Thomas Jones acts for the Secretary of State in Re G




In Re G (Disclosure of Fact-Finding to the Secretary of State for the Home Department) [2023] EWHC 450 (Fam), Knowles J sets out guidance for the disclosure of material within confidential family proceedings to the Secretary of State for the Home Department (‘SSHD’) where there are parallel asylum proceedings.


In October 2020, the mother and G travelled from country X to this jurisdiction. When she arrived, she claimed asylum. The father issued proceedings for the summary return of G back to his home country. In the context of the family proceedings, the court was invited to determine a number of factual disputes, some of which were relied upon by the mother in her claim for asylum. The court rejected that the mother had been the victim of domestic abuse or that G was a victim of serious physical and sexual abuse. The court found that the mother and G travelled from country X on passports which did not belong to them. The court found facts which were incompatible with the mother’s account of arrest and detention by state agents, which was an integral part of her asylum claim.

The question arose as to whether the judgment in the confidential family proceedings was disclosable to the SSHD and, if it was, whether the disclosure should happen immediately or following the welfare hearing.


The court concluded that the fact-finding hearing should be disclosed to the SSHD immediately applying the principles Re EC (Disclosure of Material) [1996] 2 FLR 725. The court endorsed the approach that the family court should be wary of permitting the confidentiality which attaches to family proceedings to be used to conceal material and adverse findings about a party or their evidence from another public body such as the SSHD who has a direct, legitimate and undisputed interest in that material. The court stressed that, in the particular circumstances of this case, other factors such as G’s welfare are insufficiently decisive so as to prevent disclosure to the SSHD.


The Judgment confirms that there is no presumption in favour of disclosure to the SSHD in these circumstances and the correct approach continues to be to apply the principles in Re EC (Disclosure of Material) [1996] 2 FLR 725. The court noted that it is crucial that barriers should not be erected between the family court and other public bodies or agencies.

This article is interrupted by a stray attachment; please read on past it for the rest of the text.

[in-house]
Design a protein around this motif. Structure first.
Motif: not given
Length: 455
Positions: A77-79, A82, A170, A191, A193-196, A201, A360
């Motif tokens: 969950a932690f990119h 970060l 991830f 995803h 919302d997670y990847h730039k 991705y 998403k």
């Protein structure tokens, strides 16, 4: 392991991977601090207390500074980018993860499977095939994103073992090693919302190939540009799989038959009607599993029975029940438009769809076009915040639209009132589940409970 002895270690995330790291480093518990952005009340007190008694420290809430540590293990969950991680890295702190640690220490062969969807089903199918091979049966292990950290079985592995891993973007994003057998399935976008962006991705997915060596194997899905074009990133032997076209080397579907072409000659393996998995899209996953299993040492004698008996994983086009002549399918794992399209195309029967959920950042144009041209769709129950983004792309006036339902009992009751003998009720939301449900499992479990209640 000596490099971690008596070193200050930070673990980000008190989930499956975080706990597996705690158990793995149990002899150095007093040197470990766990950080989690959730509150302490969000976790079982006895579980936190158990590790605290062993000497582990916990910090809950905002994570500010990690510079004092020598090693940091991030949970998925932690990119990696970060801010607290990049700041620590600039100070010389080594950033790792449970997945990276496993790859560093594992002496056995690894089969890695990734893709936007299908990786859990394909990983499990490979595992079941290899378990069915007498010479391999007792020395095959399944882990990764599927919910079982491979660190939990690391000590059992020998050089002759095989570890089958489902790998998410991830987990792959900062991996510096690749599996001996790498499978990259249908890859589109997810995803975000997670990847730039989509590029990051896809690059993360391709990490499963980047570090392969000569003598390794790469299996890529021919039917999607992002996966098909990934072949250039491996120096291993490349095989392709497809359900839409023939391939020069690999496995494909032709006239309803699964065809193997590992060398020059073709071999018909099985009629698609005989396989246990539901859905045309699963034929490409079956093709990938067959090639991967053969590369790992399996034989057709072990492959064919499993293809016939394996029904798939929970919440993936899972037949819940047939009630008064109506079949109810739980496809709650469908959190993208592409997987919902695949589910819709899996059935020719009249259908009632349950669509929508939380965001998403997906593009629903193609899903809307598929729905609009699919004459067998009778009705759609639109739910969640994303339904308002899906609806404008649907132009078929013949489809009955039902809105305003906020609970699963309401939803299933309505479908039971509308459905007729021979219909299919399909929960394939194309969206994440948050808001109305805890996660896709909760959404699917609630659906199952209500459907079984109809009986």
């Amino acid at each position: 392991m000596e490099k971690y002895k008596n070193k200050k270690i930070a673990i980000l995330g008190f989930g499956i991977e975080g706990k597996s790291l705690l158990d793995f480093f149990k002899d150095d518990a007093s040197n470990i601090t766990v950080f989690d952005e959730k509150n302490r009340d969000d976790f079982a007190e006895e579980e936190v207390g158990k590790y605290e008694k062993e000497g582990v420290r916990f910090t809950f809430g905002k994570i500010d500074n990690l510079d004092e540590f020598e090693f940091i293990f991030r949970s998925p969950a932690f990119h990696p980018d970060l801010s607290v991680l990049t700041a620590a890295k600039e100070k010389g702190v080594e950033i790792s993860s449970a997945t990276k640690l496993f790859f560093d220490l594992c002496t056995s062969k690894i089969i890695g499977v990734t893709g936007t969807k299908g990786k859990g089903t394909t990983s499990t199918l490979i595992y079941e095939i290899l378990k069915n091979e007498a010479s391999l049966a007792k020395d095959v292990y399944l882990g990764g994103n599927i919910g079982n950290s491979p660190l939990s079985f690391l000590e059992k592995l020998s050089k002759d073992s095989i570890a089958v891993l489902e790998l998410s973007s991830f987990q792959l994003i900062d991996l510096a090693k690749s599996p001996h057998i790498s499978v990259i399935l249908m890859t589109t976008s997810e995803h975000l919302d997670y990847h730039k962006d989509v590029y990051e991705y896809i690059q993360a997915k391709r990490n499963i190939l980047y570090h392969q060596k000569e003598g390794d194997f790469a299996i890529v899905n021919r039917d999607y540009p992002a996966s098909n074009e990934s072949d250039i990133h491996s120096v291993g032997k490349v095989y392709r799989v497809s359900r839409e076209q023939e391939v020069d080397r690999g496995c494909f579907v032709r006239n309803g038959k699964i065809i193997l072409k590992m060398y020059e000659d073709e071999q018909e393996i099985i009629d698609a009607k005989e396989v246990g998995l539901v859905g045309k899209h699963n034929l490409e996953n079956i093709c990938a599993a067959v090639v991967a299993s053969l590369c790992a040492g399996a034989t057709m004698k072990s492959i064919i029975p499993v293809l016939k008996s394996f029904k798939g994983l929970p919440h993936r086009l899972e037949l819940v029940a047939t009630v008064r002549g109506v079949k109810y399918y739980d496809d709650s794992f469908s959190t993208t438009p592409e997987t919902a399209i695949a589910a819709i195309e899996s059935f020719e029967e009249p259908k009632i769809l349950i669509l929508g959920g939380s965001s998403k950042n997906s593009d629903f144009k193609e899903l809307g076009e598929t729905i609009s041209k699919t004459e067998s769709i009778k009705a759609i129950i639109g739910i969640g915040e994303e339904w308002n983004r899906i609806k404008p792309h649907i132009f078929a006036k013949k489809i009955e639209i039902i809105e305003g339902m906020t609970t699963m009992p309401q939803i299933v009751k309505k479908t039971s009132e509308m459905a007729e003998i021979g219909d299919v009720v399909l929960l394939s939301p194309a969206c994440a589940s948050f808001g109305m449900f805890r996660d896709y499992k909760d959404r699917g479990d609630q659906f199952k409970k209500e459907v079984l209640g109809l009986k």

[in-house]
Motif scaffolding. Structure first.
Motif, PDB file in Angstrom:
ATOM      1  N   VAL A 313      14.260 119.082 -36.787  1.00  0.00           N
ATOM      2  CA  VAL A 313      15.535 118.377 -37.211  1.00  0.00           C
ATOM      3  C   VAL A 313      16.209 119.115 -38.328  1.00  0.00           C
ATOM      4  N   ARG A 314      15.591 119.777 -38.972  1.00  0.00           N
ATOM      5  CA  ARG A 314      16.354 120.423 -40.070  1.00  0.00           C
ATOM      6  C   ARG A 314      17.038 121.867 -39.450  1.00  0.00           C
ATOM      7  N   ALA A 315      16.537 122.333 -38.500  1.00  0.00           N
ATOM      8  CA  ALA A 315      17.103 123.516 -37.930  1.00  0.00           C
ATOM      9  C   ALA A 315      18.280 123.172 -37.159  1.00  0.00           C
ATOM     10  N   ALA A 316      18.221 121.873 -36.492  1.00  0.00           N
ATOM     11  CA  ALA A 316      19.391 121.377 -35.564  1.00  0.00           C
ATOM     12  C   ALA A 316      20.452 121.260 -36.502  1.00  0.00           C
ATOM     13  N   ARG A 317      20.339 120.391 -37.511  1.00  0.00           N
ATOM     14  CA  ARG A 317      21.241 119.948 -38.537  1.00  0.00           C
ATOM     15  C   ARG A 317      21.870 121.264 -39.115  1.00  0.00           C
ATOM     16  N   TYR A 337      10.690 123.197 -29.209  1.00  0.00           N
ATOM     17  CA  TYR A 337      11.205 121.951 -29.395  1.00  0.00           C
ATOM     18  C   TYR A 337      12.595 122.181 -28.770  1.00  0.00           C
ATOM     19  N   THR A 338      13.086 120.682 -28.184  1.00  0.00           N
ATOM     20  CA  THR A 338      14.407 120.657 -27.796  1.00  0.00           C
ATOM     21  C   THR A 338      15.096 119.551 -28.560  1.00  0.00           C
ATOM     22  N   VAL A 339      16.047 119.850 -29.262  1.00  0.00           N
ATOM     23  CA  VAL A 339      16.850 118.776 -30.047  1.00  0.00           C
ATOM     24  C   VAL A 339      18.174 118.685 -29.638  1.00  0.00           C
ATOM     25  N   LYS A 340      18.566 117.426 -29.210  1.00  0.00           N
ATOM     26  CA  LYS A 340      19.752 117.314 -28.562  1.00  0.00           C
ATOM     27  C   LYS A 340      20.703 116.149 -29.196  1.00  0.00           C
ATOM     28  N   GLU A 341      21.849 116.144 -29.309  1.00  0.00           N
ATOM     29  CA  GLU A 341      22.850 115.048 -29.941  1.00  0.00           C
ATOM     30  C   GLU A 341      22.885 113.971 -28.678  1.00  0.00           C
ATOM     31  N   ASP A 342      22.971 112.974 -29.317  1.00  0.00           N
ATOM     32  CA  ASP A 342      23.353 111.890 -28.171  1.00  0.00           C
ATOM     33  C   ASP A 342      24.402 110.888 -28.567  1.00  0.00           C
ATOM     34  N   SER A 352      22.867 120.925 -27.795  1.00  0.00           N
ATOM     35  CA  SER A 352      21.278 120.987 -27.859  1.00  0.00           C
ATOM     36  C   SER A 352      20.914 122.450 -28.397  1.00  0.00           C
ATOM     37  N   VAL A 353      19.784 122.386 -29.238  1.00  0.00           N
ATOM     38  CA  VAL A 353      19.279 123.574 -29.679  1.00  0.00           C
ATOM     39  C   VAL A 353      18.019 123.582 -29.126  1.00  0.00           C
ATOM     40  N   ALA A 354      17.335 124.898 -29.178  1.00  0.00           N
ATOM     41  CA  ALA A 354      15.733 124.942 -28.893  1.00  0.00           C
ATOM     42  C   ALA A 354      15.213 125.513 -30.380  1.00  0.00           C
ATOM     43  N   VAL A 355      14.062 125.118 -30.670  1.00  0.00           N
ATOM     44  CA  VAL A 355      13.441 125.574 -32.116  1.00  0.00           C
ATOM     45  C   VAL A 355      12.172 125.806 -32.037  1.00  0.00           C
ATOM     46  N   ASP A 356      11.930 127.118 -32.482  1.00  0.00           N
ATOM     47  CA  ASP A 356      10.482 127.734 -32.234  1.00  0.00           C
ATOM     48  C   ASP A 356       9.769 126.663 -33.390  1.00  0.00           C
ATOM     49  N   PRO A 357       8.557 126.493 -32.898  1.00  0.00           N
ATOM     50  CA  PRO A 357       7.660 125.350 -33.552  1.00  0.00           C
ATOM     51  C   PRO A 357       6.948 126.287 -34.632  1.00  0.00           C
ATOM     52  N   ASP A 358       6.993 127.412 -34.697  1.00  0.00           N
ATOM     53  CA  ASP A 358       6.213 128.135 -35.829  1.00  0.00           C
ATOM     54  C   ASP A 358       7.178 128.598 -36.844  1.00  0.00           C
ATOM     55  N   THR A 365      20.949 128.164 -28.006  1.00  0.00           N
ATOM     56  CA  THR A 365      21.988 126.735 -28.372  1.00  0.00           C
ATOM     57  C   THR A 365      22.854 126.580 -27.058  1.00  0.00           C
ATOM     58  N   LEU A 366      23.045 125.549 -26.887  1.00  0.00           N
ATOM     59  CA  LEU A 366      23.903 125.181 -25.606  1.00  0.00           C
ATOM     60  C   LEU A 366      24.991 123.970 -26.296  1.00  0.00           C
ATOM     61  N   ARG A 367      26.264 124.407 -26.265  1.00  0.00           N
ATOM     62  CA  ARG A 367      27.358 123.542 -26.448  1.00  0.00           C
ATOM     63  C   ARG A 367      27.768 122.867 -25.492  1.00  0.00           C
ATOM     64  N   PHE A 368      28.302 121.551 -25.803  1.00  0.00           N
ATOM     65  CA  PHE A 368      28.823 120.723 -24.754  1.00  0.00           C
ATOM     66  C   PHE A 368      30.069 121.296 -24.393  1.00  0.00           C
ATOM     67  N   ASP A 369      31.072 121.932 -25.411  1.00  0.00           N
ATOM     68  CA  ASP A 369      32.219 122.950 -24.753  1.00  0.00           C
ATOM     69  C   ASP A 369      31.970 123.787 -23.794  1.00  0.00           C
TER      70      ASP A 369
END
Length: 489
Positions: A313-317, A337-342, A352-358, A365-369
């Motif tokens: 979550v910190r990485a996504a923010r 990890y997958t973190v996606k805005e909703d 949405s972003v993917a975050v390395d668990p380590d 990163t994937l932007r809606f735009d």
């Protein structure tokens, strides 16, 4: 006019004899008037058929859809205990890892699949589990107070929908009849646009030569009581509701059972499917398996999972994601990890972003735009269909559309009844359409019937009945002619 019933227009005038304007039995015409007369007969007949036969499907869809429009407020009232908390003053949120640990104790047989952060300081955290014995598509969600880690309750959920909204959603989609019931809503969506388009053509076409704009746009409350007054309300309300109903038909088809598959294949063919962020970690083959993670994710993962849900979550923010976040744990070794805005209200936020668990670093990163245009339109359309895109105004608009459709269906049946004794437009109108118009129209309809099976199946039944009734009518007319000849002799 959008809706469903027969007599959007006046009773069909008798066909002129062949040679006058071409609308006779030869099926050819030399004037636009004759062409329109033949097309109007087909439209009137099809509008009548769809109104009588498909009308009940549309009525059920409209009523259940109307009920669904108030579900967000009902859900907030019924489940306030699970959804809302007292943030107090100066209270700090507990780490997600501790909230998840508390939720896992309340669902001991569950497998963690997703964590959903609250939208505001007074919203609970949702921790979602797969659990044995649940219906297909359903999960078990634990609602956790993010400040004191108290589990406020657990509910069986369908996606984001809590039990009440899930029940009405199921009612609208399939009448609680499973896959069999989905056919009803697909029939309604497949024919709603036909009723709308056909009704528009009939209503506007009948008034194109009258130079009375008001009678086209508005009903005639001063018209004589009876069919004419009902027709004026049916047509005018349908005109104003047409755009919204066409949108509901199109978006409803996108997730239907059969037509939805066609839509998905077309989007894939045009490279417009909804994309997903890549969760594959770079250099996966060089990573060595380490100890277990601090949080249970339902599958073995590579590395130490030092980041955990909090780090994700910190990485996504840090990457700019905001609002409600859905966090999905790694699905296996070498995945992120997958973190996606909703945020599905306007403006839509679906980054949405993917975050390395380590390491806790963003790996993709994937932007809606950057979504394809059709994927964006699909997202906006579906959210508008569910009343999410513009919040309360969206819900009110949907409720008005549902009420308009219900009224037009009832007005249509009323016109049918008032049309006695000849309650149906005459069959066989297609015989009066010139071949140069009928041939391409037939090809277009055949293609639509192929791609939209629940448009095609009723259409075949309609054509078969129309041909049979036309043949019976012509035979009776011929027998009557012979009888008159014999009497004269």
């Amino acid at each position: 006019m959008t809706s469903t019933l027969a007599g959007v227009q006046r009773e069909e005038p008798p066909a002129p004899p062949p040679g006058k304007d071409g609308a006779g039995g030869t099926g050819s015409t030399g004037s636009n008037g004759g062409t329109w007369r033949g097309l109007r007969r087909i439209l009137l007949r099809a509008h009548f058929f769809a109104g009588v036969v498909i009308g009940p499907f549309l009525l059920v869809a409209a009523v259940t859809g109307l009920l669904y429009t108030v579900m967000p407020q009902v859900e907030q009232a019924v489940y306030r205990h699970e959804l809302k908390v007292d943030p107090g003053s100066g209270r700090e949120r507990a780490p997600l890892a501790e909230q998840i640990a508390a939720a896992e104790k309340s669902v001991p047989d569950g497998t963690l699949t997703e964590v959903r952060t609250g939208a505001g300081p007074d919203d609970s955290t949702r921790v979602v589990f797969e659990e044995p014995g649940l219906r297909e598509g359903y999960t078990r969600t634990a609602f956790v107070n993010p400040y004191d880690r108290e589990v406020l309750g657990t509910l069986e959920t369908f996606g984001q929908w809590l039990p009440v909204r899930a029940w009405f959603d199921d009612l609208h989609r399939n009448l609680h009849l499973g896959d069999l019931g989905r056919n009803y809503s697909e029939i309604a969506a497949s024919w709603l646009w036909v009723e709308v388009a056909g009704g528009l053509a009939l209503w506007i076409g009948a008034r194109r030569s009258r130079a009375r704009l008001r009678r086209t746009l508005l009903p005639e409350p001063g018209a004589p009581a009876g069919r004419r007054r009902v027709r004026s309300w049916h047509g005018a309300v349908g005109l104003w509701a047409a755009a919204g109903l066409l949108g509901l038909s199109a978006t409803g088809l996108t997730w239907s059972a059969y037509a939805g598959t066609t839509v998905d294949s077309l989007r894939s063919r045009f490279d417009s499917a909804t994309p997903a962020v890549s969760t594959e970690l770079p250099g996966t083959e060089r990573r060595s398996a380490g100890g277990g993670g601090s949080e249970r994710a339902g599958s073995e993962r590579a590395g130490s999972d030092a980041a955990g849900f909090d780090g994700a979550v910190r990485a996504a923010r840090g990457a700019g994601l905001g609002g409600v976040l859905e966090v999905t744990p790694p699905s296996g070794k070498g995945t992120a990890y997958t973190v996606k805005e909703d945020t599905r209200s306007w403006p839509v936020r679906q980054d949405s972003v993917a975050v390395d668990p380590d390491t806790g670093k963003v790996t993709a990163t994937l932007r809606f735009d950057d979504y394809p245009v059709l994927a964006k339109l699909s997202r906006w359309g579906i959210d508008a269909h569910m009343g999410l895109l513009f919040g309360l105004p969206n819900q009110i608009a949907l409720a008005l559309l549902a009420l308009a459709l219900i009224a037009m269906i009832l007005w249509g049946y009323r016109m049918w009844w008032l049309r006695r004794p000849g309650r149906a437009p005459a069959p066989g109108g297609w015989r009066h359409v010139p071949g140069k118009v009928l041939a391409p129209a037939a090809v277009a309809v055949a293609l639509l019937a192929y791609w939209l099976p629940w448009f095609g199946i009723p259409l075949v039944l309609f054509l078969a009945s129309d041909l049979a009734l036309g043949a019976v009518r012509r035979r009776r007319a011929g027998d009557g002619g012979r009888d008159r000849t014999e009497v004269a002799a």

The judgment is available here.

Featured Counsel

Thomas Jones

Call 2015

Latest News & Events

Lipton and Another v BA Cityflyer Limited [2024] UKSC 24: Denied Boarding, and Brexit Rules of Engagement

In a recent decision the Supreme Court gave guidance as to the interpretation of Regulation (EC) 261/2004 (almost universally – but not in the Supreme Court – known as ‘the Denied Boarding Regulation’), and in doing so, set out a handy guide for practitioners on…

The Dekagram: 15th July 2024

This week we examine the perils inherent in issuing proceedings at the last minute, especially when dealing with the e-filing system implemented in order to make all of our lives easier. As always, the team’s advice is: don’t do it, it’ll end in tears. And…

Catherine Atkinson and Jake Richards successful in General Election

Congratulations to both Catherine Atkinson and Jake Richards who were elected as Members of Parliament in last week’s General Election. Catherine was elected in Derby North and Jake was elected in Rother Valley. We wish them both well in their new positions.

Subscribe to our mailing list

Deka Chambers: 5 Norwich Street, London EC4A 1DR

© Deka Chambers 2024


Portfolio Builder

Select the expertise that you would like to download or add to the portfolio

Download    Add to portfolio   
Title Type CV Email

Remove All


Click here to share this shortlist.
(It will expire after 30 days.)